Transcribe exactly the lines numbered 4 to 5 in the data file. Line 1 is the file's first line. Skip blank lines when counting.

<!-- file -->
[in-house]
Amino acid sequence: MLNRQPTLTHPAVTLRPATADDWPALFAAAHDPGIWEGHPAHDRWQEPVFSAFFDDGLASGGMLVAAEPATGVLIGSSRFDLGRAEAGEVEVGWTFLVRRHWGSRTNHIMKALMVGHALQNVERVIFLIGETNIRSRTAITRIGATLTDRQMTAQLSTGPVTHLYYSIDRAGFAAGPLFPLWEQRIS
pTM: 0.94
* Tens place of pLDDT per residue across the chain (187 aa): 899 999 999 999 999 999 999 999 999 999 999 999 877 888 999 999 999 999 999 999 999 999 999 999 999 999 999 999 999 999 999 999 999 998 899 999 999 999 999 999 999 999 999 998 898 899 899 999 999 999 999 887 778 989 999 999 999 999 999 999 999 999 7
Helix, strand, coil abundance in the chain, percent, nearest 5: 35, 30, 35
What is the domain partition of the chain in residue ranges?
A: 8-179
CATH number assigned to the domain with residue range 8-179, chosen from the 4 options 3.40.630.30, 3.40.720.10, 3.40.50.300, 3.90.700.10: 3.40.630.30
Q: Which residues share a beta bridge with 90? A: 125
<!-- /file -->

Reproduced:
* Tens place of pLDDT per residue across the chain (187 aa): 899 999 999 999 999 999 999 999 999 999 999 999 877 888 999 999 999 999 999 999 999 999 999 999 999 999 999 999 999 999 999 999 999 998 899 999 999 999 999 999 999 999 999 998 898 899 899 999 999 999 999 887 778 989 999 999 999 999 999 999 999 999 7
Helix, strand, coil abundance in the chain, percent, nearest 5: 35, 30, 35